Less mass means more speed, which means better performance! This is why titanium has such a stellar track record of meeting demands in the market and in the automotive industry – especially in motorcycle racing.
A vehicle will go faster and burn less fuel the lighter it is. True! As many constructors and car designers aimed to build high-end race cars and race bikes, they opted to use titanium alloys that are best applied in automotive parts and fasteners. This is because titanium is much stronger and weighs 40% less than steel.
From Formula 1 racing to motocross, any kind of race requires a tremendous use of steel to ensure excellent performance. You might wonder how motocross racers perform death-defying stunts over rugged terrain with their flawless bikes – considering that these bikes might weigh tons of steel. You may wonder why these motorbikes seem weightless in the air. But what makes this possible?
With its nature of high speeds and big jumps, motocross race bikes require great suspension in order to manifest incredible stunts and tricks. Thus, common accessories found in ordinary bikes like electric starters, lights, kickstands, and speedometers are often overlooked in the overall composition or are generally composed of titanium and other participating alloys that are low in weight and density. Titanium has begun to challenge the debate in the automotive industry of steel vs. aluminum.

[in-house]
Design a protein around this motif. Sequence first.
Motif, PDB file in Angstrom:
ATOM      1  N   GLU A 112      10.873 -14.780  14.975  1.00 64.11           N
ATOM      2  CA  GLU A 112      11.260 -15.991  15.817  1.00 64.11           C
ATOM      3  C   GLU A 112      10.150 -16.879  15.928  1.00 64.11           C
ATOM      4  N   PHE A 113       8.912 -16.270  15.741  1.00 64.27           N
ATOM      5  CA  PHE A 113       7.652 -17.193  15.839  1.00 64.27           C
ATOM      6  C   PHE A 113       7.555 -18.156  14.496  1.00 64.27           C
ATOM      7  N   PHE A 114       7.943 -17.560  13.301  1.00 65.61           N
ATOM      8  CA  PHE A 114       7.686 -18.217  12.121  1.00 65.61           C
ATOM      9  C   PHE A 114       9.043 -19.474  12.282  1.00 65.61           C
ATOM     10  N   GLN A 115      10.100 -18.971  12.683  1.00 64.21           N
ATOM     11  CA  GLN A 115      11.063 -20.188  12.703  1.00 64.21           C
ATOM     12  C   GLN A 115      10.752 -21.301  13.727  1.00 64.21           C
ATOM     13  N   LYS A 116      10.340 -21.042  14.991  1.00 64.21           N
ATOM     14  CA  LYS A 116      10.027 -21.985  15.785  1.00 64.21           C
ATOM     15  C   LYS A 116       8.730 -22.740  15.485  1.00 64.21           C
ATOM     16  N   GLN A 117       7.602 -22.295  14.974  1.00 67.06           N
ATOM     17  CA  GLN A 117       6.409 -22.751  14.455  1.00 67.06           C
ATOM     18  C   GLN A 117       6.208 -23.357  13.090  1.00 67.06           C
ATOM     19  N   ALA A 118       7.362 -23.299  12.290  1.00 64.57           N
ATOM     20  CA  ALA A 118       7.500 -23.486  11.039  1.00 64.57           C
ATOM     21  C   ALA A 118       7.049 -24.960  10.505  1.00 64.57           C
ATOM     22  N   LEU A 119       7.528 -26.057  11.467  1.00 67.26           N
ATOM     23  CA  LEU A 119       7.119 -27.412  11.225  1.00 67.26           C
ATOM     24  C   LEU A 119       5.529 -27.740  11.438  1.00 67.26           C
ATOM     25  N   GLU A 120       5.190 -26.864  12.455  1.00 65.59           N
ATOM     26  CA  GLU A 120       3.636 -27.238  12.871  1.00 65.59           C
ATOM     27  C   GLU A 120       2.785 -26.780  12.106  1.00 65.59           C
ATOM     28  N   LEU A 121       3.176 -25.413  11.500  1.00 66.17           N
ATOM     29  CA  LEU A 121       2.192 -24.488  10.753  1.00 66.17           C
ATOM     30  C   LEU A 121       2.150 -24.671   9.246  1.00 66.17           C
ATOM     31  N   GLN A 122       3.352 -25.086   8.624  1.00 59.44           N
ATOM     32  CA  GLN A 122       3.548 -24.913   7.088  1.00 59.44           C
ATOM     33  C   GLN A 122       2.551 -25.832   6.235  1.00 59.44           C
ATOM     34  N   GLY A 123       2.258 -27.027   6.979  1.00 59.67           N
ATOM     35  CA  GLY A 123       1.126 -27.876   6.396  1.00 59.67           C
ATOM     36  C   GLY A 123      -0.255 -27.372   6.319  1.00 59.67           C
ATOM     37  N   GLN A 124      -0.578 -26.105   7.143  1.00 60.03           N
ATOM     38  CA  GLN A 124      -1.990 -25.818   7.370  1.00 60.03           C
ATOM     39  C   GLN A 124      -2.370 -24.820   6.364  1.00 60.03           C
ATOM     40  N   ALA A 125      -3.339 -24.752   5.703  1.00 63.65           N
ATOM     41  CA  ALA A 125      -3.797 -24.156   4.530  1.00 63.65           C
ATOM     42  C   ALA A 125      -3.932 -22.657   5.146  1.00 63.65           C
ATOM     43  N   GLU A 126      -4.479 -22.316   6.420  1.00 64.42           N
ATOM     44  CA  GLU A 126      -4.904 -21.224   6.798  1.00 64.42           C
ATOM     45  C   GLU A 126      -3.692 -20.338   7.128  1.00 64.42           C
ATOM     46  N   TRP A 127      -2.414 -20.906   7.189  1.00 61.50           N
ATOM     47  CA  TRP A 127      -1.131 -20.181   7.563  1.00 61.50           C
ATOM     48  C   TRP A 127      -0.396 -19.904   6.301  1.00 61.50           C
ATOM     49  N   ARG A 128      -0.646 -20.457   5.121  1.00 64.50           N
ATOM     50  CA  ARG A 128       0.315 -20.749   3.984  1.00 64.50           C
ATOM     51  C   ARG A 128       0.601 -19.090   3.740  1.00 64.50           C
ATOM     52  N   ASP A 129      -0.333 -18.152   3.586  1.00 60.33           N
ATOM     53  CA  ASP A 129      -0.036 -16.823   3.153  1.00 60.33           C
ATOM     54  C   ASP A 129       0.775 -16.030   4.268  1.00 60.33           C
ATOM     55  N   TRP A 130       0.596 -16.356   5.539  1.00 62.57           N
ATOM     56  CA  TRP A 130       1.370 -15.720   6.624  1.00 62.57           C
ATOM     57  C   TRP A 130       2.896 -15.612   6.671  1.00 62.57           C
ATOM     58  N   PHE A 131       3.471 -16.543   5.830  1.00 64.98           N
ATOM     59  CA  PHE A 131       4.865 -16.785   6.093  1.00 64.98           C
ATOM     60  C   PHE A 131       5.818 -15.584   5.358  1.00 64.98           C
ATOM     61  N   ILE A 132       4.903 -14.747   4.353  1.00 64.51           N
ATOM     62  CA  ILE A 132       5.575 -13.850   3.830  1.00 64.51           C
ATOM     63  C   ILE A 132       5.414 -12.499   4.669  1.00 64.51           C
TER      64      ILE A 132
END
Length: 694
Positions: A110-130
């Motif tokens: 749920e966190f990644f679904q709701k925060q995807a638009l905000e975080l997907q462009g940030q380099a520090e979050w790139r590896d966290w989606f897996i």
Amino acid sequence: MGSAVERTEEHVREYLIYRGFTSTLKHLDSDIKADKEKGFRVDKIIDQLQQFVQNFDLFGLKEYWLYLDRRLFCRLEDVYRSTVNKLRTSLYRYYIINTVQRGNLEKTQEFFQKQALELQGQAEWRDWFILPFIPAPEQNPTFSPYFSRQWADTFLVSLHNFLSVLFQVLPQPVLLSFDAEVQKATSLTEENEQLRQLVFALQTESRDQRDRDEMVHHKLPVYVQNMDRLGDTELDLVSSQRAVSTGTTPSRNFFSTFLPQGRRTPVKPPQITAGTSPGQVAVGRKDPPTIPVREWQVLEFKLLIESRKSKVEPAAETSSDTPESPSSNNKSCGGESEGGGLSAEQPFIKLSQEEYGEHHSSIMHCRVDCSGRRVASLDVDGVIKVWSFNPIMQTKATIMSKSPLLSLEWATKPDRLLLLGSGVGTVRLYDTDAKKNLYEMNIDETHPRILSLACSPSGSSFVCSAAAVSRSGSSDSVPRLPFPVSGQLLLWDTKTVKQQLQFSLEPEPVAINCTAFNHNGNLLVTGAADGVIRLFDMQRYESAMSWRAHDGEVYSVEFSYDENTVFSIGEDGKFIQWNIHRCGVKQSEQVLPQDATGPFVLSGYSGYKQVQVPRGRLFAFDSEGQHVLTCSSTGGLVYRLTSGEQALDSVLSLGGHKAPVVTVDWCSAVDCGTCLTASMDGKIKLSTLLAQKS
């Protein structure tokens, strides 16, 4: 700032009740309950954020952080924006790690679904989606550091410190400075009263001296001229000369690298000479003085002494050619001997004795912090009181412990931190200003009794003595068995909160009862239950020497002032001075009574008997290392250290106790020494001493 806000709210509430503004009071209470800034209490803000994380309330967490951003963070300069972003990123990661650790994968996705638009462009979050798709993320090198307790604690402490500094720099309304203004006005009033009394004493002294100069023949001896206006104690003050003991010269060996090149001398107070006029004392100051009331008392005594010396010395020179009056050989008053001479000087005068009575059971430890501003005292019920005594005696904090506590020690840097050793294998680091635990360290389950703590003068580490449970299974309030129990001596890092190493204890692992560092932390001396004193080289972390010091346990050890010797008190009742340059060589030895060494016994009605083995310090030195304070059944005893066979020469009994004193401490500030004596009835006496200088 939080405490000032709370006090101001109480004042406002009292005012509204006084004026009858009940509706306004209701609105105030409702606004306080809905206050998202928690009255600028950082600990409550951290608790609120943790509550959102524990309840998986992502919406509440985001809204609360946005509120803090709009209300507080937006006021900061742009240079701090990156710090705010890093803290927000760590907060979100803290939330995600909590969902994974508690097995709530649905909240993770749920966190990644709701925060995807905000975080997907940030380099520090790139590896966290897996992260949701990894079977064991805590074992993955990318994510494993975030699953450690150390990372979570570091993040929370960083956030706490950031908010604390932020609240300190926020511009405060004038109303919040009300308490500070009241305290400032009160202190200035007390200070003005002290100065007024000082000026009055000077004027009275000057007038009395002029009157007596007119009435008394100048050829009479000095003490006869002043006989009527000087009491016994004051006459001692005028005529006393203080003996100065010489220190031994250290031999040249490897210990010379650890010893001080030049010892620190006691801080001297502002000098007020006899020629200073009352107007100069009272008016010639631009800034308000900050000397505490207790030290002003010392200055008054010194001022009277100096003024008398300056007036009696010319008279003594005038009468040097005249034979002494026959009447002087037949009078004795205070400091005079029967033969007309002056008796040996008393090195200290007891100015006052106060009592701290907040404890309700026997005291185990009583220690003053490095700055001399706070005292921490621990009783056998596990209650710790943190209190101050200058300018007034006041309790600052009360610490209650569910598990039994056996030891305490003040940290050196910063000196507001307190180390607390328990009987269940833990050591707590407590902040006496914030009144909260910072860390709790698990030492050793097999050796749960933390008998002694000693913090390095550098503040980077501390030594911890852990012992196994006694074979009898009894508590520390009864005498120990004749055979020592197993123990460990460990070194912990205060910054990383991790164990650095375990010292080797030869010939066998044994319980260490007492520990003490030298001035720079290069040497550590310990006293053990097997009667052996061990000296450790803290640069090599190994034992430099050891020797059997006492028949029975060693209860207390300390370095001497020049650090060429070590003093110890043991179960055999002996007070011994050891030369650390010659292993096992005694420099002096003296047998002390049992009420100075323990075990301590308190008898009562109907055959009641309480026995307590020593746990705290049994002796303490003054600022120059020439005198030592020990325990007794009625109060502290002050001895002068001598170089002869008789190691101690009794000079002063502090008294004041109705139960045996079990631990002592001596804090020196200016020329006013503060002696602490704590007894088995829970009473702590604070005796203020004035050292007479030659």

Formulas behind Automotive and Racing Innovations
Race cars and motorbikes use a great deal of titanium or similar alloys for their extreme strength, lightweight composition, and corrosion resistance. These alloys are often used for cylinder blocks and crankcases.
Race trucks and bikes are subject to major tests in endurance and sprint in the speedway. Titanium is considered the top choice of manufacturers since it is impervious to rust and corrosion, lightweight, and incredibly sturdy. It is now commonly considered the most frequently used alloy in the automotive industry.
Weight production is highly critical when it comes to maintaining rigidity and high strength – a very important factor in racing motorbikes. To name a few of its major applications, titanium is used in engine parts like wrist pins, connecting rods, valve retainers and springs, valves, camshafts, and rocker arms. The great advantage of titanium alloys in the case of these essential parts lies in how they lend themselves to the fabrication and welding process – since titanium is strong, lightweight, durable, and highly resistant to heat and corrosion.
For that reason, titanium alloys are some of the highest priced materials for manufacturing and construction, but manufacturers and constructors who aim to design high end motorcycles and race bikes will see that the results outweigh the cost in the form of better performance and longer life.
As of now, the development of an all-titanium exhaust system has begun to be implemented for the purpose of reducing weight and increasing longevity. The application of titanium is also continuously evaluated and checked to improve efficiency and suspension springs so as to increase the interior space.
One good thing about centerless grinding is that it involves high-precision grinders that are capable of handling parts with unusual and inaccurate geometries. Thus, it can adapt to almost all kinds of materials, whether they are simple or complex shapes.